Avoiding Downtime…

By: Samantha Geary, Marketing Executive

Picture this- you’re hard at work, driving your business to success and your network crashes just a couple of hours before an important deadline.

Believe it or not, 90% of companies experience some form of downtime (according to industry leader – Datto)  and unfortunately it’s likely that you’ll become part of this percentage if you haven’t already.

Could your business afford to be down for 24 hours?

If your business relies on IT then of course the answer is no.

No disaster is convenient and unfortunately, they do tend to happen at the worst possible time. So, it’s fundamental to prepare your business for the worse, because at the end of the day – time is money.

Regardless of the size of your network, downtime will impact a number of things including: productivity, finances and your products and services.



Let’s face it, we’ve all been in the position of being hard at work and the internet connection goes down, or your computer crashes. Your eager attitude starts to deplete and what was once a 10 on the productivity scale goes down to a 3.

This results in loss of sales revenue and employee dissatisfaction, not to mention employee frustration. All in all- it’s not an ideal situation.


It’s not just productivity that takes a beating. A number of things are affected including your finances. This covers everything within your business that downtime will have a negative financial effect upon.

So, this things like:

Labour Productivity – Number of employees affected and the number of productivity lost during the outage.

RevenueBilling losses and the loss in future revenue.

Damaged ReputationIf downtime affects your business regularly or for long periods of time then naturally, many of your customers are going to be peeved. It’s not just your customers that will experience interruption though, downtime can affect your business partners and suppliers too.

Financial Performance Things like payment guarantees fall under financial loss when it comes to downtime.

Of course, the points above are not the only harmful ‘financial’ consequences to downtime, but it shows the different elements in which your business could suffer if a disaster was to strike.


Right, time to get your hypothetical hat on. Let me set the scene:

 You run a medium-sized and extremely successful Digital Marketing Agency, you have 100 employees and 150 computers. Efficiency is something you strive for and you have several deadlines that need to be met this week. In the dead of night when everyone is sleeping safe and sound in their humble abodes your offices are burnt to the ground and all your IT hardware is burnt to the ground. What would you do?

Dramatic, I know, but not impossible.

Downtime can rear its nasty head at any point. If you are not prepared for all types of disaster then how will you keep your business afloat and your customers happy if something unlikely were to happen like the above scenario?

Most businesses rely heavily on IT and with this ever-increasing reliance, it’s imperative to avoid any glitches that could affect your offerings.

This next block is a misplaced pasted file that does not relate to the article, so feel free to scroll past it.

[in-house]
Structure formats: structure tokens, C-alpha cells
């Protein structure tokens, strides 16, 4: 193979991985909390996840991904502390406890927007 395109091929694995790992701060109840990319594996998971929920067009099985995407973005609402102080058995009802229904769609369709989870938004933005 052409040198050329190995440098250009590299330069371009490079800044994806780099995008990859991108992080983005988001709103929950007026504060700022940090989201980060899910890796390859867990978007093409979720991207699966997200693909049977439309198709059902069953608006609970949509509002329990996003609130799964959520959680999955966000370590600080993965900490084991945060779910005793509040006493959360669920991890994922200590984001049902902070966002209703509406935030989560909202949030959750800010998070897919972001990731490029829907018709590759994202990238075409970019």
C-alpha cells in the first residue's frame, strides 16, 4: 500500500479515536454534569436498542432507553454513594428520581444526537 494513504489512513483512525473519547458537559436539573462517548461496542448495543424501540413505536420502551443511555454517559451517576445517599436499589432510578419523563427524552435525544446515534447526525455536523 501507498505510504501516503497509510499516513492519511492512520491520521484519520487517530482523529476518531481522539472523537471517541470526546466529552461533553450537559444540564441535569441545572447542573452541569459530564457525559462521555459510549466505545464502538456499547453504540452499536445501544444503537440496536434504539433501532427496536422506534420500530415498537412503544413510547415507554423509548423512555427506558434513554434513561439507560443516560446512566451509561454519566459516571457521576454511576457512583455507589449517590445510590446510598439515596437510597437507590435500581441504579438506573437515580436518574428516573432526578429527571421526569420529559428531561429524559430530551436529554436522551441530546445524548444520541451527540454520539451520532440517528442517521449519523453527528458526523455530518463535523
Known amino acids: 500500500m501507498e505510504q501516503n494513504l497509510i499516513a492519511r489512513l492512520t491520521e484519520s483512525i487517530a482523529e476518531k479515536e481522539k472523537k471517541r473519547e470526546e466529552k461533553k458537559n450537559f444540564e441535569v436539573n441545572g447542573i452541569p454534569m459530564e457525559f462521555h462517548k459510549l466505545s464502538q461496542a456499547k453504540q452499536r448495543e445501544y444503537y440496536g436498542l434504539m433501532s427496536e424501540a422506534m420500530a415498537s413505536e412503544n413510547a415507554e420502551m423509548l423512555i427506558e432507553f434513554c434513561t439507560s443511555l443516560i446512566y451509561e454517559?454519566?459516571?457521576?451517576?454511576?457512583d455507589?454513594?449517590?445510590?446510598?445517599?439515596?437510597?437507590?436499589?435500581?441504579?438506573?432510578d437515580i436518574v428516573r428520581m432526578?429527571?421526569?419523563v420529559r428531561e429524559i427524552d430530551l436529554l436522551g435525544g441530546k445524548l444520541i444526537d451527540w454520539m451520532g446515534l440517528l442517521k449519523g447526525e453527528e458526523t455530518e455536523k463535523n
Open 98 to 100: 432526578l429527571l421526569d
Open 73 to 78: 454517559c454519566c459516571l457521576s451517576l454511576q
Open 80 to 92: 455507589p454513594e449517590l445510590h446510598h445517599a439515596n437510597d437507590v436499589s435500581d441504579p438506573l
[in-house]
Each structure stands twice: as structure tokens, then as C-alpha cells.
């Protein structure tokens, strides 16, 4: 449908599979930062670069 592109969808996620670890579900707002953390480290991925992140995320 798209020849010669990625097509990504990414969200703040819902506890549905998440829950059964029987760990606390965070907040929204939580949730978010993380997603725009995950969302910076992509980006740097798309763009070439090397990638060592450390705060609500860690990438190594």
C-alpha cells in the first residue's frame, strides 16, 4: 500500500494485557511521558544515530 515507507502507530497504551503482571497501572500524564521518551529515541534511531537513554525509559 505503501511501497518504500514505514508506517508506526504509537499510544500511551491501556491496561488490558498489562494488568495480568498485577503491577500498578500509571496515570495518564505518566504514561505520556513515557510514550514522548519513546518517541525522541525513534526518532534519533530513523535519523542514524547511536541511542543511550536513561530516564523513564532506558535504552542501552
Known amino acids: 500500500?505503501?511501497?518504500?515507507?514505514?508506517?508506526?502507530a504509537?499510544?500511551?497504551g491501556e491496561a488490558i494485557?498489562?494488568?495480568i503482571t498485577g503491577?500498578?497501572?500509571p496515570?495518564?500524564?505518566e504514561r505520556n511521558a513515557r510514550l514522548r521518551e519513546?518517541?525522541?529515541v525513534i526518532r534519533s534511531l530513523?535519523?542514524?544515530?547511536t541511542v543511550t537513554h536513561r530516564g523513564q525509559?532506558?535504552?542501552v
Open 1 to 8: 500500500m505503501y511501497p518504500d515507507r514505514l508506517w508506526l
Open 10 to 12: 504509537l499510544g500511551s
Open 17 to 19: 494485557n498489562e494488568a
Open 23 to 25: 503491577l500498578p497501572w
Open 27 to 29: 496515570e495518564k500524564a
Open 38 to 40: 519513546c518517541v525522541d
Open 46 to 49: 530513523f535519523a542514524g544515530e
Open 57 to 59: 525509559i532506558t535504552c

The top causes of downtime:

Human Error

An obvious yet very common cause of downtime is human error. As a race, we’re clumsy, and we’re absent minded. Sadly, this is no excuse when it comes to business. Everyone has been guilty of deleting the wrong file or e-mail at some point, but we’re only human right?

It is difficult when it comes to ‘human error’ scenarios because there are absolutely no warning signs. You don’t just walk into work one day and think:

 You know what? Today I’m going to spill a pint of water on my laptop that coincidentally holds the one and only copy of a PowerPoint I’m presenting that same afternoon.

It doesn’t work like that.

Human error is unfortunately an unstoppable form of downtime and one of the most popular. So, backing up your data is one of the most important things you can do to minimise or eliminate the effects of unexpected downtime.

Hardware Failure

When technology breaks, your data is put at risk. Hardware damage and system malfunction are a top cause of downtime. Unfortunately, everything has a shelf life, but the important thing to remember to do is back up your data so if your hardware does break or reach the end of its shelf life, your files and data are still accessible.

Software Failure

Many variables can contribute to software failure on a server. There could be an issue with the operating system or a bug on the server software itself due to patches not being tested properly.

Operating systems that have been plodding along for some time also contribute to software failure. Also, not forgetting the mass amounts of viruses and malware that can have a huge affect on the way software works on a device.

Natural Disasters

Natural disaster is also a big cause of downtime. They happen out of the blue with no real warning signs so preparing is fundamental.

Natural disasters come in many forms. The most popular include:

– Fire

– Flood

– Hurricanes

– Earthquakes

The things listed above are often unavoidable. But there are a few things you should be doing to prepare for them from an IT point of view.

– Backup your data in the cloud

– Protect your physical infrastructure

– Create your very own disaster recovery plan.

Phone showing a robot calling and phone number underneath

If you’ve not planned for a disaster yet or if you have no measures in place for backing up your data then it’s time to take action now.

PCS offer a range of services that can help make your business prepare for when things go wrong. If you’d like to find out more then get in touch with a member of the team by phone or e-mail.

Meet The Author

Name: Samantha Geary
Employment Start Date: August 2017
Job Title: Marketing Executive
Years in Marketing: 3

Check out Sam on Social Media:

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